Dental school research influences new PPE standard

The Tufts University School of Dental Medicine is pictured on September 30th, 2021. Grace Rotermund/The Tufts Daily

Peter Arsenault, professor and division head of operational dentistry at the Tufts School of Dental Medicine, helped influence a new national standard for healthcare workers that seeks to fix a decades-old flaw in personal protection equipment, or PPE, along with a team of experts. Passed in July, this national regulation creates new protections against the infamous “bottom gap.”

Arsenault explained that the “bottom gap” is a breach in modern medical masks created by the space between the lower rim of medical glasses and the top edge of the mask, where the material is cheaper and more vulnerable.

While PPE has been under the spotlight due to the COVID-19 pandemic, Arsenault first encountered problems with the current setup as far back as several years ago when he had his own medical mishap.

“I was removing the patient’s filling that was defective, and in the process … a piece of tooth material entered into my eye,” Arsenault said. “And I actually ended up having to take a trip to the emergency room.”

His personal accident made him ask just how many others had suffered a similar fate, and he contacted his old friend and mentor Amad Tayebi to research more. What the pair found shocked both of them.

“A lot of literature … says that 70% of all dentists some time in their career may receive some degree of ocular trauma,” Arsenault said. “And that’s associated with the bottom gap.”

Arsenault decided to work with Tayebi, professor emeritus of plastic engineering at University of Massachusetts, Lowell, to test out the modern masks and create an updated one for the future. They recruited Marileen Nancy Aiken, Tayebi’s daughter, who was involved in the business aspects of the project.

Meanwhile, Arsenault and Tayebi recorded a series of experiments with mannequins and sprays that demonstrated the problem with the bottom gap. Tayebi and Arsenault’s research, combined with the business savvy of Aiken and other collaborators, resulted in a collective report on the bottom gap as well as a prototype mask that would theoretically solve the issue.

The team eventually reached the phase where they needed to prove how the new masks would work. They contacted Romesh Nalliah, an old friend of Arsenault’s and professor at the University of Michigan School of Dentistry, whose previous position at the Harvard School of Dental Medicine helped provide the proof they needed to validate their efforts.

“All we did was pilot the masks with bottom gap modifications at Harvard School of Dental Medicine to gain initial feedback for Dr. Arsenault and his team to keep improving the prototype,” Nalliah wrote in an email to the Daily. 

The testing proved successful in time, and the team published their findings. Eventually, the National Institute of Occupational Safety and Health (NIOSH) noticed the report and decided to investigate further. After they replicated the team’s research and methods, NIOSH determined that the bottom gap problem and proposed solution were legitimate and worked with the American National Standards Institute (ANSI) to propose a new regulation for protective equipment.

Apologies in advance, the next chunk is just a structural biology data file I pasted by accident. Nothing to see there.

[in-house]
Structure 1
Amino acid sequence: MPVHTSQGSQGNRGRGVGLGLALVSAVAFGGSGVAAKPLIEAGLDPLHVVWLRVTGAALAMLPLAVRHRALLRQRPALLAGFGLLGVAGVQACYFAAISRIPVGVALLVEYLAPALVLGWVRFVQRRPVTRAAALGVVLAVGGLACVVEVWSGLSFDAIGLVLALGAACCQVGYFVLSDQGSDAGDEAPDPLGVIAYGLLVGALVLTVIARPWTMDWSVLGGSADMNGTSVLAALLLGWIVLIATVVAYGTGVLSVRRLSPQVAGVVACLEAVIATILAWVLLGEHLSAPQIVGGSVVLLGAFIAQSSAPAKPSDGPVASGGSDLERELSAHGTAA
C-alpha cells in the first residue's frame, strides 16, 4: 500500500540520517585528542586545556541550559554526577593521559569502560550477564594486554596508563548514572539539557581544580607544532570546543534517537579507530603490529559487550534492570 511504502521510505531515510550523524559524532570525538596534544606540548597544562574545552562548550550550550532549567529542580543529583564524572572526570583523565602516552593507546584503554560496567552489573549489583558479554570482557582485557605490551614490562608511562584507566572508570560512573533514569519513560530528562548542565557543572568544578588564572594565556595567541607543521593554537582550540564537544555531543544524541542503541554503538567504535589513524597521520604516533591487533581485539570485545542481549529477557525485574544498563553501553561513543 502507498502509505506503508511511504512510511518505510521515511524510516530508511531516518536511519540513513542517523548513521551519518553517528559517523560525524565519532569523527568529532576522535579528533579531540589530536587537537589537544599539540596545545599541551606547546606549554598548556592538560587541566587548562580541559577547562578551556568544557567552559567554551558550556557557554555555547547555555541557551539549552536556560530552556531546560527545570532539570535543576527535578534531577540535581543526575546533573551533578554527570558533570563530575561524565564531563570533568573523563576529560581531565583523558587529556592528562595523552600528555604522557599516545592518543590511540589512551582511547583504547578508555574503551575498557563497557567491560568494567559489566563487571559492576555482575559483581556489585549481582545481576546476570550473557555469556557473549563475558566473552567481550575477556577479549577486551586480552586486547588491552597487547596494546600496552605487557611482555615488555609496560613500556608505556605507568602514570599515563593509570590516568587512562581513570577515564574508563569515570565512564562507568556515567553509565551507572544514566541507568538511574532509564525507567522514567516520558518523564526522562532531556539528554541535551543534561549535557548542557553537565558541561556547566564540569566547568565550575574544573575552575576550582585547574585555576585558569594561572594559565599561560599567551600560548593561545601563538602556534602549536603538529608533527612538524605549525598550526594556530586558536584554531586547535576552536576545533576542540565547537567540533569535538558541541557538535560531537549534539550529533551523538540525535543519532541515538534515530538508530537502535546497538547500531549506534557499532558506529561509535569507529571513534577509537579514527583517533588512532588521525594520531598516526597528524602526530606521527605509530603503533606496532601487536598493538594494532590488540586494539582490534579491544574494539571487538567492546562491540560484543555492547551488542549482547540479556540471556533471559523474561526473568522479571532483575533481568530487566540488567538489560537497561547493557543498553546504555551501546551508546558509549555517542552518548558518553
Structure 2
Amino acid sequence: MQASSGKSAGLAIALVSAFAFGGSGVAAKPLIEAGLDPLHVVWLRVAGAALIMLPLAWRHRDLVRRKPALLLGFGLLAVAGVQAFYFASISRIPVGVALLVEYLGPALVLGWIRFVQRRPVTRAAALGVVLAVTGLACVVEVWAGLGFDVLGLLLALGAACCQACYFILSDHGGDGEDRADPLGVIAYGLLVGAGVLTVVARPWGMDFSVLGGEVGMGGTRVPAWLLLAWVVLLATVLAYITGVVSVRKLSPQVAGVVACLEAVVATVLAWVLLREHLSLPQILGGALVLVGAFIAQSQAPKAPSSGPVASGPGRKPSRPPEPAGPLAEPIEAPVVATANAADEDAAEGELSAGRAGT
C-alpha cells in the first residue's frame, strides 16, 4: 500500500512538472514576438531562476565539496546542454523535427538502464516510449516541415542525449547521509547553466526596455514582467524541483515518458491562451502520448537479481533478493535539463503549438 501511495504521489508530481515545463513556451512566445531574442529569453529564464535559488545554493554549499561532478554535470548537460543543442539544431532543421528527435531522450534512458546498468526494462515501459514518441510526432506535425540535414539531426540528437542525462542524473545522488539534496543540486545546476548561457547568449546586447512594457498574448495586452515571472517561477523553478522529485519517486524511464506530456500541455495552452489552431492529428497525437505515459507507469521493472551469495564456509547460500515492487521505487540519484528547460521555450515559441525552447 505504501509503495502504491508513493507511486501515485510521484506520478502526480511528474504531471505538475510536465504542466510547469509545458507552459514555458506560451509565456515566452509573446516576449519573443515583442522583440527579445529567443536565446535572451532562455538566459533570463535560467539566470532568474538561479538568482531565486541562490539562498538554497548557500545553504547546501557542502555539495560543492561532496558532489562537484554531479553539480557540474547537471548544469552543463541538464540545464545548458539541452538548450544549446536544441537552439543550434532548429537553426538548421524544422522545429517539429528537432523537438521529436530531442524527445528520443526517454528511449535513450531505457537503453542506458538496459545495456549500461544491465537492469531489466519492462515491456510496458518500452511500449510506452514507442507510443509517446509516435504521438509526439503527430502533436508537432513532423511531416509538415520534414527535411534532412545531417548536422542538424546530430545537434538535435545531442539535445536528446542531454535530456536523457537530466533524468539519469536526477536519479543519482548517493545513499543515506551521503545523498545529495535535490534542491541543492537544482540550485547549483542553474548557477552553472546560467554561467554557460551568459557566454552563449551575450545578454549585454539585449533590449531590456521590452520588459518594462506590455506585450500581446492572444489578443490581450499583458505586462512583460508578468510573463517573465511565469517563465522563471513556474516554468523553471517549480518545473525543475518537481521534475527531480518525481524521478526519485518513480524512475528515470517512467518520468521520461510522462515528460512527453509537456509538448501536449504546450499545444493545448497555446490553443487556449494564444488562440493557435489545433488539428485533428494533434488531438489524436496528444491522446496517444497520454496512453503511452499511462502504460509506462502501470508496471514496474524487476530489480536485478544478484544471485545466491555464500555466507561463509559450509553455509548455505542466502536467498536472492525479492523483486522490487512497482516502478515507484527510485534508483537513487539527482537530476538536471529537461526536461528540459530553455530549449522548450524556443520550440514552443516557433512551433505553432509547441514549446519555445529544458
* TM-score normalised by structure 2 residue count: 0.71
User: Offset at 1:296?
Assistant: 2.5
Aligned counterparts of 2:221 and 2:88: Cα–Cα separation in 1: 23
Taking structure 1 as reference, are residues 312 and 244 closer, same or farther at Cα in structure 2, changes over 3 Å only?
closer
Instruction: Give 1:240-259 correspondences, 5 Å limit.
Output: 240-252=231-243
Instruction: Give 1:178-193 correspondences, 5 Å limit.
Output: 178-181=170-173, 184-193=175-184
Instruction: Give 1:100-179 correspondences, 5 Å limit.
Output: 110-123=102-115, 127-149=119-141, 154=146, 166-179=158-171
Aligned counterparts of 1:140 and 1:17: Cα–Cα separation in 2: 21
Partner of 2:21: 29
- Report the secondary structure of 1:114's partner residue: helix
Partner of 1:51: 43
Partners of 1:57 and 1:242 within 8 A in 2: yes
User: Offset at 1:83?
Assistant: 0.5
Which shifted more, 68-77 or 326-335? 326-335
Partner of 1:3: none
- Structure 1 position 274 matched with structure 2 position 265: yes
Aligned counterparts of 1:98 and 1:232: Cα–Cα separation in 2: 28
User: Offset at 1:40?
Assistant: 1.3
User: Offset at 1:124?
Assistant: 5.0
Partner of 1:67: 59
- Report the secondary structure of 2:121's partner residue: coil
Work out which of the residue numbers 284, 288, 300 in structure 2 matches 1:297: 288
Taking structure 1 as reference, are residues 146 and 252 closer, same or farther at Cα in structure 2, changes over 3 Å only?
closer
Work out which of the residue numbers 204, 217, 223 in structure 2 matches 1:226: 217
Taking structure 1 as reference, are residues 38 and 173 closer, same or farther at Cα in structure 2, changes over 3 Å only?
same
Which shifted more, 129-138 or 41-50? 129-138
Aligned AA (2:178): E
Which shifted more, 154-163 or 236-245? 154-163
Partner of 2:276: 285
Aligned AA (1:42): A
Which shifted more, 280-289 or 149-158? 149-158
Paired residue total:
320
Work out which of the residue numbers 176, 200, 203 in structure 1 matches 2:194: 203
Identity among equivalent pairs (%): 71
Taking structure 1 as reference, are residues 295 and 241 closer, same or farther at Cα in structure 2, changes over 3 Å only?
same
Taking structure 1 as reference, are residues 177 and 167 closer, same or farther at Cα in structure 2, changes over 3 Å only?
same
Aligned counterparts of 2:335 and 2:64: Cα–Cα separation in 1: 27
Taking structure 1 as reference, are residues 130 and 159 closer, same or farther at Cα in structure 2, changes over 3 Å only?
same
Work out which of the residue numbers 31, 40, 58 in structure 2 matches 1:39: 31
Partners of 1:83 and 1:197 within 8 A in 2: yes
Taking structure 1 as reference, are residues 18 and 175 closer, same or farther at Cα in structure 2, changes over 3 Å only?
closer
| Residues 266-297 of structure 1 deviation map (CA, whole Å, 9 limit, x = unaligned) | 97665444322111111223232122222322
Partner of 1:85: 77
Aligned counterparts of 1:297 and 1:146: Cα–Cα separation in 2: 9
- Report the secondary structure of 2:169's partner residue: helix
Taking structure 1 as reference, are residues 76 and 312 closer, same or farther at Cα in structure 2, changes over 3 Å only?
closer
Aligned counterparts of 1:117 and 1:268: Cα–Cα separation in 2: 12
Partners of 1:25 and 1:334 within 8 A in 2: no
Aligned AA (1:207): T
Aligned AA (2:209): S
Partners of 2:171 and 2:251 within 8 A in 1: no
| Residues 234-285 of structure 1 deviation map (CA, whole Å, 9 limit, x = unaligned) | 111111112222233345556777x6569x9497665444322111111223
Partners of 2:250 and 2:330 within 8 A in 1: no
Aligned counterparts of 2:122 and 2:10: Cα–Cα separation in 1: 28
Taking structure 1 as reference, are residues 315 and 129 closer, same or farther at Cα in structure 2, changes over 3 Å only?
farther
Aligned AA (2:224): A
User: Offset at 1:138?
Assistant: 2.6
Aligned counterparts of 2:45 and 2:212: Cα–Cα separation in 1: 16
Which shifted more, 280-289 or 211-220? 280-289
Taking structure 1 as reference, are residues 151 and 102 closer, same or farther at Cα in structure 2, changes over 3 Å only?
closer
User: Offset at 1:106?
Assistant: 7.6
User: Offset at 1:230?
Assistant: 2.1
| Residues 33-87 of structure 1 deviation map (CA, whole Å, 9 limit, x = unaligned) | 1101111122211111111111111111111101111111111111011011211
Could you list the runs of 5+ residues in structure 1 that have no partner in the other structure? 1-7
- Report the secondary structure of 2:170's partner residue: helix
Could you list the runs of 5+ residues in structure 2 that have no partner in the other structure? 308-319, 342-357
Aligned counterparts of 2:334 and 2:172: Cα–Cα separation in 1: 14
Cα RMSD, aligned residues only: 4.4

Finally, the ANSI passed ANSI/ISEA Z87.62-2021, a new standard for face protection from fluids, pathogens, bloodborne pathogens and general debris that will reduce future bottom gap problems and harm to healthcare workers.

Aiken detailed the importance of ANSI standards.

“ANSI standards are considered the ‘gold standard’ in safety guidance,” Aiken said. “Compliance with the new ANSI standard is evidence that an organization is following best practices with respect to the eye protection of its employees and/or students. Moreover, many industry groups rely on the ANSI standards for guidance and can adopt ANSI standards as part of their own standards.”

While ANSI standards are voluntary, they have a wide-ranging effect on workplace safety. Z87.62 doesn’t just apply to dentists but to nearly all health care providers from veterinarians to nurses. Such effects have brought recognition to Arsenault’s team. 

“We’ve been recognized and awarded through a group called OSAP, which is … kind of like the governing body in dentistry who looks at infection control,” Arsenault said. “And we received an award called the James Cottone Award a few years ago.”

Since this recognition, Arsenault has shifted his focus towards patient eye safety.

“It’s not required that a patient has to wear safety eyewear,” Arsenault said. “However, at the dental school, all dental schools and most private practices, all do protect patients by wearing some sort of protective eyewear.”

He claimed that the main motivator behind this new direction came to him while attending an OSAP conference and being moved by the story of Jenn Morrone, a young mother who lost her eye in a dental mishap. 

Nalliah expressed his praise for Arsenault’s achievements. 

“Dr. Arsenault was ahead of his time,” Nalliah said. “His pursuit of better protection for his fellow faculty, students and staff prepared Tufts well for the aerosol threat of the pandemic.”


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